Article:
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Marginalised theatre practices in Brazil and United Kingdom

Despite distant geographical positions, Brazil and Britain share similarities in how theatre and performance are historically categorised. Cultural and academic attention has privileged Shakespeare and traditional theatre in the UK at risk of undervaluing genres such as street theatre, music hall and musical theatre, fringe and alternative theatre.

Dominant theatre categories in Brazil, established largely under European influence, similarly overlook performance practices and influences intersecting with diasporic postcolonial legacies including indigenous practices, circus, music theatre, and burlettas.

The aim of this cross-Atlantic research project is to identify common gaps, share historiographical methods, and expand current knowledge of previously marginalised performance practices and traditions. Outcomes benefiting students, staff and the general public include a series of lectures and seminars, research meetings and workshops, open-access reports, as well as academic publications in peer-reviewed journals.

Meet the Principal Investigator(s) for the project

Dr Grant Peterson - I joined Brunel in 2013 and co-founded the musical theatre subject strand and degree pathway courses. I publish work on a range of subjects including British alternative theatre histories, performance and politics, musical theatre, dance, gender, sexuality, and digital research methodologies. I have reviewed manuscripts for Routledge, Methuen Drama (Bloomsbury) and others. I teach across many of the undergraduate modules and am a supervisor for PhD postgraduate work. I taught previously as a visiting lecturer at Royal Holloway, University of London, Bath Spa University, and University of Winchester. I am currently an external examiner for the MA in Drama at the University of South Wales. I hold experience as a performer in theatre, musical theatre, television, and commercials, having worked in numerous venues across Los Angeles and Southern California. For the solo performance in the West Coast premiere of Johnny Got His Gun in 2003, I received the Backstage Garland Award for Best Actor and the production was nominated for Best Revival by LA Drama Critics Circle and LA Weekly. I trained at the Orange County School of the Arts and formed part of the inaugural cohort of the Ray Bolger Musical Theatre Program at the University of California, Los Angeles (UCLA).  In addition to receiving a BA in theatre and musical theatre at UCLA, I earned an interdisciplinary Masters degree in Critical Studies (focused on experimental theatre and dance) under the guidance of Professor Sue-Ellen Case and Professor David Gere. I received funding from the Higher Education Funding Council of England (Overseas Research Students Awards Scheme) to conduct a PhD project at Royal Holloway University of London under the supervision of Professor Dan Rebellato and Dr. Chris Megson. This resulted in a project that examined British street theatre traditions and presented the first formal case study of one of England’s longest running – yet overlooked – contemporary street theatre troupes, the Natural Theatre Company.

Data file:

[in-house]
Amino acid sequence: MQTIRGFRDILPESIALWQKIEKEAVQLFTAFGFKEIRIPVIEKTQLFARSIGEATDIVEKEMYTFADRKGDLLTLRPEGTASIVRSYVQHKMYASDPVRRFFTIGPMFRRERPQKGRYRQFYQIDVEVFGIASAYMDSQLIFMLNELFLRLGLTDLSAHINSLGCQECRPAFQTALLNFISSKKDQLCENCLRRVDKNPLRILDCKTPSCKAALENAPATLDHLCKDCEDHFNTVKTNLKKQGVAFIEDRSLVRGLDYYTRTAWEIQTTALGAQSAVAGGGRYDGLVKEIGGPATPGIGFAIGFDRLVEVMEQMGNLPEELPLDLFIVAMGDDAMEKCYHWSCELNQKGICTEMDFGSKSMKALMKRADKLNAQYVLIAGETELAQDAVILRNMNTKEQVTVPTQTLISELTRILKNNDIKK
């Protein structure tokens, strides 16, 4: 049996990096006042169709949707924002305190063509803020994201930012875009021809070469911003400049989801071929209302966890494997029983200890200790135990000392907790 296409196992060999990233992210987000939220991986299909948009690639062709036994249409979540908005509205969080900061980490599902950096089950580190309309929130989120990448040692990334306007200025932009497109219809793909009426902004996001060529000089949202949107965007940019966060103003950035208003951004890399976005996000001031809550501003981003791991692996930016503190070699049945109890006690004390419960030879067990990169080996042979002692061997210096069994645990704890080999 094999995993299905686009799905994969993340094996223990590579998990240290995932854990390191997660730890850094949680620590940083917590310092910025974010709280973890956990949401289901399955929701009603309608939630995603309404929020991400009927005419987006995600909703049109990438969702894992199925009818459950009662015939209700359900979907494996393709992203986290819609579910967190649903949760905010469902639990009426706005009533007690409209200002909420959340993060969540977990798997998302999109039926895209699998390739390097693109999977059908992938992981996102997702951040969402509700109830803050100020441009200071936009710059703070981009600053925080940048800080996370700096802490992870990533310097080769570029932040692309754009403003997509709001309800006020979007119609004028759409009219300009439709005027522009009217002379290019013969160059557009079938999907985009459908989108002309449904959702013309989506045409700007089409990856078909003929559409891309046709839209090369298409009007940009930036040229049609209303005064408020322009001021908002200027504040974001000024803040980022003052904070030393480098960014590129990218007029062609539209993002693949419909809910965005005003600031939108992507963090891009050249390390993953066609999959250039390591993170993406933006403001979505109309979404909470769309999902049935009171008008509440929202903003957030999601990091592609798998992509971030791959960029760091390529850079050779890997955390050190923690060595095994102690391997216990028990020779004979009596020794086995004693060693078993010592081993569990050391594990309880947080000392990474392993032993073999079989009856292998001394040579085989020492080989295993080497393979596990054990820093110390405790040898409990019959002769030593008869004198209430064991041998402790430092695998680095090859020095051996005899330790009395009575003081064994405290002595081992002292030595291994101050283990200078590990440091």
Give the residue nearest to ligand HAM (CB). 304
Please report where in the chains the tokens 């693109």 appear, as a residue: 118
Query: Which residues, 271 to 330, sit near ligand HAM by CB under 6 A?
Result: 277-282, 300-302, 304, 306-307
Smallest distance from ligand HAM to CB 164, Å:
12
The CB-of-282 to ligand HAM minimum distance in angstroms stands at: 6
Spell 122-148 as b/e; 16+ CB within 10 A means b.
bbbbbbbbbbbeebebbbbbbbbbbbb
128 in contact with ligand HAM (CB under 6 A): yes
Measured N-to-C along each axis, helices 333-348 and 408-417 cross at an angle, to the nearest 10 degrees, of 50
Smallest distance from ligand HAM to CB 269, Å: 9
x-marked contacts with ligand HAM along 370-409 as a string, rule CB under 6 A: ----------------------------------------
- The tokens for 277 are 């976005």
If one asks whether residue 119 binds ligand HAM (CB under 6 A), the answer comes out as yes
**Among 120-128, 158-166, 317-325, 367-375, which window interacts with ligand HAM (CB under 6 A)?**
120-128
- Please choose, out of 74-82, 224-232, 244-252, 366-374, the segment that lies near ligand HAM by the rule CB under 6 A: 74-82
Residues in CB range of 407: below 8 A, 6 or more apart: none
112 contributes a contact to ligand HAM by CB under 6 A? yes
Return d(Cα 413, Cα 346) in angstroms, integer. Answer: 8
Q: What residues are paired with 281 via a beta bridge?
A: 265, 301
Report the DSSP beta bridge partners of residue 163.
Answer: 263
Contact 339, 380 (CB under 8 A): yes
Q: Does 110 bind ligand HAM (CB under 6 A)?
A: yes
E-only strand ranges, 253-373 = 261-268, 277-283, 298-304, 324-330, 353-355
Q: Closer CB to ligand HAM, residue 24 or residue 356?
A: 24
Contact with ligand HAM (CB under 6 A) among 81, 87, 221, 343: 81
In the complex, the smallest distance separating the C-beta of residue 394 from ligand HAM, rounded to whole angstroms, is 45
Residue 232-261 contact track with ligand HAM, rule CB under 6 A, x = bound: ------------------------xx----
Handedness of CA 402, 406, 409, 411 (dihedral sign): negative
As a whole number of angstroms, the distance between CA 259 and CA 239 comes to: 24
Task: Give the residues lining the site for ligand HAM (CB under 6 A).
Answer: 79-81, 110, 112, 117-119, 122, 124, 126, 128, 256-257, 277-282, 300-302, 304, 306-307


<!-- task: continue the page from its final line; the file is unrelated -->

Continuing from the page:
Partnering with confidence

Organisations interested in our research can partner with us with confidence backed by an external and independent benchmark: The Knowledge Exchange Framework. Read more.

Project last modified 26/08/2020